Bristol-Myers Squibb has discontinued development of a hepatitis C drug obtained through its recent $2.50 billion acquisition of Inhibitex following the death of a participant in a mid-stage trial.

The drug in question is BMS-986094 (formerly known as INX-189), a nucleotide polymerase (NS5B) inhibitor in Phase II development for HCV. The firm said the decision "was made in the interest of patient safety, based on a rapid, thorough and ongoing assessment of patients" in the study that B-MS voluntarily suspended on August 1.

The US Food and Drug Administration subsequently placed the compound on clinical hold and B-MS noted that the initial case of heart failure, which was the basis for halting the study, subsequently resulted in death. To date, nine patients have been hospitalised.

Two patients remain hospitalised and the company noted that while "the cause of these unexpected events, which involve heart and kidney toxicity, has not been definitively established…it is in the best interest of patients to halt development of BMS-986094".

Chief scientific officer Elliott Sigal said that in the interest of all patients participating in hep C clinical studies, "and in cooperation with the FDA, we will make relevant information on BMS-986094 available to inform the development of other investigational compounds".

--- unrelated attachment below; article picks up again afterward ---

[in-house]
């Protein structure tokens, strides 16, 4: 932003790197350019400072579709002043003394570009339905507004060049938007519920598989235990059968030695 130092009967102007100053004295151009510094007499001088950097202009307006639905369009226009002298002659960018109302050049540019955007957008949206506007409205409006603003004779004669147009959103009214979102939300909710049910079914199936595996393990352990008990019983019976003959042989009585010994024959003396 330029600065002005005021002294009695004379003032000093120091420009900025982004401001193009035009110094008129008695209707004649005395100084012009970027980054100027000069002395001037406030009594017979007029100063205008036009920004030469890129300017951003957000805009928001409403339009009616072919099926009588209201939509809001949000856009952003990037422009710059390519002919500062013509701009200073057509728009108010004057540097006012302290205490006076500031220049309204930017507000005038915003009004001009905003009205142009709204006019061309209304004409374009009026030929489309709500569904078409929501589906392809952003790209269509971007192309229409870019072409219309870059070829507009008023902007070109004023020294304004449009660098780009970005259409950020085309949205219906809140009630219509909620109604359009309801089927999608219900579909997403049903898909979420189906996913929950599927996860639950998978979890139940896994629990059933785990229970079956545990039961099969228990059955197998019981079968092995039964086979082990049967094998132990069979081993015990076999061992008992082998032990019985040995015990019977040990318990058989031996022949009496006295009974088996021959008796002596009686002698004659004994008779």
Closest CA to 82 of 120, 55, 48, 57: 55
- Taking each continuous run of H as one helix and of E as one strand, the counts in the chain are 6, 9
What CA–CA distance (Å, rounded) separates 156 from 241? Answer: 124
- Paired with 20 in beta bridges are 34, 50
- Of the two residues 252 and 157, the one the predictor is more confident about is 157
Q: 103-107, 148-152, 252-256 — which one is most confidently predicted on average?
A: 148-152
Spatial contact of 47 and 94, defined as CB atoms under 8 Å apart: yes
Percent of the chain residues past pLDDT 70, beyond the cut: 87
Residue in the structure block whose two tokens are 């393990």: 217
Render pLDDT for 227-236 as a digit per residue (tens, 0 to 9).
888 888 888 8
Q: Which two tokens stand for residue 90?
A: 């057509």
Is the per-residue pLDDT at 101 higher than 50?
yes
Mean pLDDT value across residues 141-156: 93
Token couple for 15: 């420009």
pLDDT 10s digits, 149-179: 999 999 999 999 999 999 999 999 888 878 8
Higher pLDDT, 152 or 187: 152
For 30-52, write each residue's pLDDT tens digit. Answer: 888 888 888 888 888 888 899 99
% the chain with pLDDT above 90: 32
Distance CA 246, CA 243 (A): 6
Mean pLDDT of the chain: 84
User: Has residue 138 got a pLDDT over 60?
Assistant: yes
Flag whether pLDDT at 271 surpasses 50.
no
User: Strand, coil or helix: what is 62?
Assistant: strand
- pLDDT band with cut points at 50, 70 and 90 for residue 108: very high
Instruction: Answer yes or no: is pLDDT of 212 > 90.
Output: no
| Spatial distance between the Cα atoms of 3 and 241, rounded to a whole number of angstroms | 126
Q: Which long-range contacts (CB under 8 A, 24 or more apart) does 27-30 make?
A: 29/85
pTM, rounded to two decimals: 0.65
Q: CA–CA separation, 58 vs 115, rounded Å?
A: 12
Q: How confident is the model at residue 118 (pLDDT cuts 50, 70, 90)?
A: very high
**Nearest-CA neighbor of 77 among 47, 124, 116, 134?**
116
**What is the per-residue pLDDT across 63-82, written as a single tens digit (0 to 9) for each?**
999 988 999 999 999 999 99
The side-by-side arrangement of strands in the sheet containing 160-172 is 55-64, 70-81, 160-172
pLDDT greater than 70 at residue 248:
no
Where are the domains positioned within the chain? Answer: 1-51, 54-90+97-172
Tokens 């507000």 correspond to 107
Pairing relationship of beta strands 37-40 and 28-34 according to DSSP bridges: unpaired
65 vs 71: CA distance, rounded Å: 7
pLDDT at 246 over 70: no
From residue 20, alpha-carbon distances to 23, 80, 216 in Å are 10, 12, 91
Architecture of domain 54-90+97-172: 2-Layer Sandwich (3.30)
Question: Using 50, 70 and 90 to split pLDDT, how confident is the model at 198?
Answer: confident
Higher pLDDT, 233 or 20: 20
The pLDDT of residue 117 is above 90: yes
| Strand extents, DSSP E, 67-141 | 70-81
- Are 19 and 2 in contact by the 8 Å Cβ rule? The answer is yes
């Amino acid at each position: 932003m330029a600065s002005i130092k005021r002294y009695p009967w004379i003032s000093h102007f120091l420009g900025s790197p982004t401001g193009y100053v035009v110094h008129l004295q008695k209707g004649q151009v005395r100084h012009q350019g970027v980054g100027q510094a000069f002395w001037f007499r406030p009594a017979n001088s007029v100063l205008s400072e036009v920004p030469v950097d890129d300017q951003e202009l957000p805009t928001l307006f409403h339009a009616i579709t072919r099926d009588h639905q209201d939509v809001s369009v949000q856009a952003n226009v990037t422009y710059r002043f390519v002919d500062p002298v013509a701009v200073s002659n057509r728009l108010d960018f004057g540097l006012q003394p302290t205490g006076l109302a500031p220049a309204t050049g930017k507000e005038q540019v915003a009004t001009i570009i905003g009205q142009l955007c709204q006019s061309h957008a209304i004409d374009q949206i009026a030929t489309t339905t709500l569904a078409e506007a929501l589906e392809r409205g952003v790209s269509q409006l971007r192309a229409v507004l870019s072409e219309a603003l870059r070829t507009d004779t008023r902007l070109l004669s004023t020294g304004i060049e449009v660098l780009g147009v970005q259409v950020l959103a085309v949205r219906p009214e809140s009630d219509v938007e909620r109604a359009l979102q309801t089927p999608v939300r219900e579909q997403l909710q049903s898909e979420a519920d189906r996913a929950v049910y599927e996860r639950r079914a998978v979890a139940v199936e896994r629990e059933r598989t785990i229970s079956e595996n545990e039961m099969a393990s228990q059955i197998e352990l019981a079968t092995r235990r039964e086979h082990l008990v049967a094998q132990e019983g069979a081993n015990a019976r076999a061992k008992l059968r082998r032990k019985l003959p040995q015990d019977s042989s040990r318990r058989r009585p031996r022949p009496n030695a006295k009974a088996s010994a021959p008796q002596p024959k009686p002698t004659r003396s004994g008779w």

Shingles drug sold to Synergy

Meantime, B-MS has divested a potential shingles treatment, also developed by Inhibitex, to Synergy Pharmaceuticals of the USA.

The latter firm, which specialises in gastrointestinal disorders, has acquired the assets related to FV-100, an orally-available nucleoside analogue, currently being developed for shingles, the painful skin rash caused by reactivation of the varicella zoster virus that causes chickenpox. No financial details were disclosed.

FV-100 has completed a Phase IIa trial in which the drug was given to 230 patients. Clinically meaningful reductions in time to resolution of clinically significant pain and in incidence of post-herpetic neuralgia were noted.

Synergy chief executive Gary Jacob said "we believe that with our expanding clinical experience in utilising patient-reported outcome tools from our GI programme, a feature that will be necessary for supporting pain-related indications for FV-100, we are in a unique position to further develop [the drug] for patients not adequately treated with present-day therapy".